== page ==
You are what you eat. How many times have we heard that from nutritionists and doctors? Research conducted by Loma Linda University notes that there may be a link between what we eat and the prevention of disease.
Save Your Heart
We’ve all heard about good and bad cholesterol. Eating more legumes—like beans, peas, lentils and soybeans—can raise your levels of good cholesterol and lower your levels of bad cholesterol. Nutritionists also suggest that using healthier oils— like olive, peanut and canola are a much healthier alternative. These oils are rich in monounsaturated fats. Want to lower your blood cholesterol? Spice up those meals with a little garlic, which contains allicin, a proven cholesterol reducer. Tea lovers will be pleased to note that their favorite beverage contains antioxidants, which can help reduce the build-up of fatty deposits in arteries. Tea can also enhance blood vessel dilation for better blood flow. If your blood cholesterol levels are elevated, add some soy protein to your diet. It can lower your LDL cholesterol levels.
Reduce Breast Cancer Risk
Breast cancer continues to take the lives of too many women every year. To reduce your risk, eat your salads without the dressing. Cook with chicken broth or vegetable stock and forget the margarine. Avoid high fat content foods, fried foods and those with trans fats. Stay away from processed meats and cold cuts. Opt for fish and shiitake mushrooms, which are high in Vitamin D.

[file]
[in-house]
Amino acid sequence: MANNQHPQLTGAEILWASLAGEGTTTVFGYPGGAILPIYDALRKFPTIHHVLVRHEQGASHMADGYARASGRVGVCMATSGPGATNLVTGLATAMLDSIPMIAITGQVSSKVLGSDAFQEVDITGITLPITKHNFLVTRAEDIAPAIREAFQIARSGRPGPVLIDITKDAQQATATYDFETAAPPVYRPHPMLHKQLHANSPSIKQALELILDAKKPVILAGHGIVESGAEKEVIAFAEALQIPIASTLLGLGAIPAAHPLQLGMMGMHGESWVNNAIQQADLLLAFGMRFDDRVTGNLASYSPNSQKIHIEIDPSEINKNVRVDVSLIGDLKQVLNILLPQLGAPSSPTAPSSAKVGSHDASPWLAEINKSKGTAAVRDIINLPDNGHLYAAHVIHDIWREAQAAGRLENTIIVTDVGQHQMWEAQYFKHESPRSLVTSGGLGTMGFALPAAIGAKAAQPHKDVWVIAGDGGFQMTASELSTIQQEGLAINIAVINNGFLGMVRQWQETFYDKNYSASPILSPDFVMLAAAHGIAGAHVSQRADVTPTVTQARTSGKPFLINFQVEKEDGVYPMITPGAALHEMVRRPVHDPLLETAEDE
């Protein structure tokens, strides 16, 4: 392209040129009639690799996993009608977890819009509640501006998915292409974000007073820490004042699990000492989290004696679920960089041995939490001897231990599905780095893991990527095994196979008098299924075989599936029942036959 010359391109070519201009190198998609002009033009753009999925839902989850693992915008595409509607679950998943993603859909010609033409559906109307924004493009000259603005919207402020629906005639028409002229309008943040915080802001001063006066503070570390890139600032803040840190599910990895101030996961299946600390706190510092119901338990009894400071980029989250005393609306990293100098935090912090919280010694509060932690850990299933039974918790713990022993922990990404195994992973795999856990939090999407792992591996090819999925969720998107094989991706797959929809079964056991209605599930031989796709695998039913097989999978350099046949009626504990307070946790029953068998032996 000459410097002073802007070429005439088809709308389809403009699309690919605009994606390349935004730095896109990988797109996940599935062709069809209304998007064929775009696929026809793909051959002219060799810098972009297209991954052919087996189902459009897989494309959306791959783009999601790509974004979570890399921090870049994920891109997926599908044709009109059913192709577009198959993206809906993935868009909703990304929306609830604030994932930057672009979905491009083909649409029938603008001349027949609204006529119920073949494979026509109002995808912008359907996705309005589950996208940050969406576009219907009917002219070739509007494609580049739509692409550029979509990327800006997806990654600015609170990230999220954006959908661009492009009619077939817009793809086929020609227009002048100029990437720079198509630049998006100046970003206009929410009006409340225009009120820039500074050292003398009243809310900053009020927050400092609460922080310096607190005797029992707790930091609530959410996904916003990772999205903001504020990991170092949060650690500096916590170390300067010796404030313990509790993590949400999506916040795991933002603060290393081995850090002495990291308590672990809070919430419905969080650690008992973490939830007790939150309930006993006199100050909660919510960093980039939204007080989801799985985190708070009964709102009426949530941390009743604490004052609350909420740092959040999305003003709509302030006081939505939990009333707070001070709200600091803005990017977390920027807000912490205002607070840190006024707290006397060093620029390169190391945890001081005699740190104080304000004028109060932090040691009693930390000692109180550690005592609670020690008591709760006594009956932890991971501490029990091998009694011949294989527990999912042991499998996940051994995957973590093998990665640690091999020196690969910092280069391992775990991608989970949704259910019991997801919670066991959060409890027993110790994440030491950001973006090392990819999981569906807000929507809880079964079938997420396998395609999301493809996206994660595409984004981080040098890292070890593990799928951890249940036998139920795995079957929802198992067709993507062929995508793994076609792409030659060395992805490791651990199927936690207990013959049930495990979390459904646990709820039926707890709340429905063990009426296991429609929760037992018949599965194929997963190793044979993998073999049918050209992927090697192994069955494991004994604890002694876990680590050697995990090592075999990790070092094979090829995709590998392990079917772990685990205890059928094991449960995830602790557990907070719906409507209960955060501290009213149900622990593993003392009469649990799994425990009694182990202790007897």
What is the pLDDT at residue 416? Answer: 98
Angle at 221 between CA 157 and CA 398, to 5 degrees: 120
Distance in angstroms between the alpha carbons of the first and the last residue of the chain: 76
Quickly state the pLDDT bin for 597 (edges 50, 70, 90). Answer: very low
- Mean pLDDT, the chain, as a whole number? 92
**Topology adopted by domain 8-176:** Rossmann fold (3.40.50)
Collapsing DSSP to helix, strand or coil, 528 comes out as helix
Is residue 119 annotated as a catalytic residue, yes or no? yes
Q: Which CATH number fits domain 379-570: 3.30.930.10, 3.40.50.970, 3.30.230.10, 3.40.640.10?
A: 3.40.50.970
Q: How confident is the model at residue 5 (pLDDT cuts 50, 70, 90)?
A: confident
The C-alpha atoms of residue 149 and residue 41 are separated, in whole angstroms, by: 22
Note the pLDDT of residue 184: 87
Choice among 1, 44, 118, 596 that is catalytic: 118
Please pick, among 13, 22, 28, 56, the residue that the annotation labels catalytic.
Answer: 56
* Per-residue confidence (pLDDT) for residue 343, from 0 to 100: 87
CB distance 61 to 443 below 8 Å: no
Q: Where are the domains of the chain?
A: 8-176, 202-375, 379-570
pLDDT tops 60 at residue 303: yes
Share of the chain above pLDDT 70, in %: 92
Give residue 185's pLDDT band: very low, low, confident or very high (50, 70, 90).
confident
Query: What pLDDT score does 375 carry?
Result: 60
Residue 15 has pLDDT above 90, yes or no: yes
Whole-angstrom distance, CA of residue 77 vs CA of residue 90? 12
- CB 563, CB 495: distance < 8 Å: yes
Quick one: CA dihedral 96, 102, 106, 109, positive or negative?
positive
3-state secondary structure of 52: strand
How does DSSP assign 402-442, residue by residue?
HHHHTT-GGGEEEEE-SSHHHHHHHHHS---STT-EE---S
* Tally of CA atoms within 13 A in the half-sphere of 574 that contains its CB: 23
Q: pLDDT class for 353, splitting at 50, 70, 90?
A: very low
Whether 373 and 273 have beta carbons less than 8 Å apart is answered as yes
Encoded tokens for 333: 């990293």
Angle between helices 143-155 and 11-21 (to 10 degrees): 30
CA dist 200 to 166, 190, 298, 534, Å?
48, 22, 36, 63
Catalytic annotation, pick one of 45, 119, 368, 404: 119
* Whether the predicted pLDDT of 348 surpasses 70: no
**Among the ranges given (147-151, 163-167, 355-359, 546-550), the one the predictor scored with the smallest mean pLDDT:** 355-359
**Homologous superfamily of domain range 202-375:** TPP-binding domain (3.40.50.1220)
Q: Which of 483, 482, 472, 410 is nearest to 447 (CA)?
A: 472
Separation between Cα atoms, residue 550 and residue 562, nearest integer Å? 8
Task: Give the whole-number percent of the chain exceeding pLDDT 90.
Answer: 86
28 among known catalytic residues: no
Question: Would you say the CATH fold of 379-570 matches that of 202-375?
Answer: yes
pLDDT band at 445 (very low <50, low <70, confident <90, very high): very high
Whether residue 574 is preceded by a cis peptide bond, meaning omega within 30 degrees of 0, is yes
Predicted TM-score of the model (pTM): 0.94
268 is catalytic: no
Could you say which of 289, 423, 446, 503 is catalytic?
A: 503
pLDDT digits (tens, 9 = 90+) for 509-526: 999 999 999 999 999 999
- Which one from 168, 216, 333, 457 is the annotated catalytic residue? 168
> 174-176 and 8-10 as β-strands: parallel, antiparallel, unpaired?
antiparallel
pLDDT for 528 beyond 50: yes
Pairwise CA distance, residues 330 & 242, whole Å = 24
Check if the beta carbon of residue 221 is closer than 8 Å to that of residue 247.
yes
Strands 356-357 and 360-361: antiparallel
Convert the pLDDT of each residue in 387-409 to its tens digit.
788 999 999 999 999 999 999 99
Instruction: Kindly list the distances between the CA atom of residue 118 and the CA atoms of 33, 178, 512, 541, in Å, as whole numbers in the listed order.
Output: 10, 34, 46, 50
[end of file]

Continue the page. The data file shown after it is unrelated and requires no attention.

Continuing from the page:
Cut Your Risk of Prostate Cancer
Prostate cancer is a major killer of men as they get older. To reduce your risk, eat more tomato-based foods, which can lower your risk of prostate cancer by 20-45 percent. Researchers note that the lycopene, an antioxidant found in tomatoes and tomato products may help reduce your prostate cancer risk. Eating apples and onions, drinking tea, and occasionally red wine with meals can also help.
Urinary Tract Infections & IBS
These diseases can vary from bothersome to serious. To reduce your chance of urinary tract infections, try eating more blueberries, cranberries, unsweetened cranberry juice and cherries. All contain ingredients that limit the ability of bacteria to bind to bladder tissue. For Irritable Bowel Syndrome (IBS), eat more fruits, vegetables, flaxseed and dried plums. And do drink enough water to flush out your system. Eating more barley, oats, brown rice, and unsweetened dried fruits can also help reduce your chances of getting IBX.
Fewer Flus & Colds
Tired of catching a cold at the drop of a hat? Eating more fruits and vegetables rich in vitamin C can help. Try adding more oranges to your breakfast and lunch, or adding more red bell peppers to your dinner or lunch salad. Colorful fruits and vegetables generally have more antioxidants, including beta-carotene, vitamin E, selenium and vitamin C. All can help boost your immunity to colds and flu. The same holds true for carrots, apricots and broccoli—all are rich in beta-carotene, a substance that can strengthen your skin and mucous linings in the lungs and nose. Your skin and mucous areas are prime targets for cold germs. Another cold-cutting food is low fat yogurt, which is rife with immunity-boosting probiotics.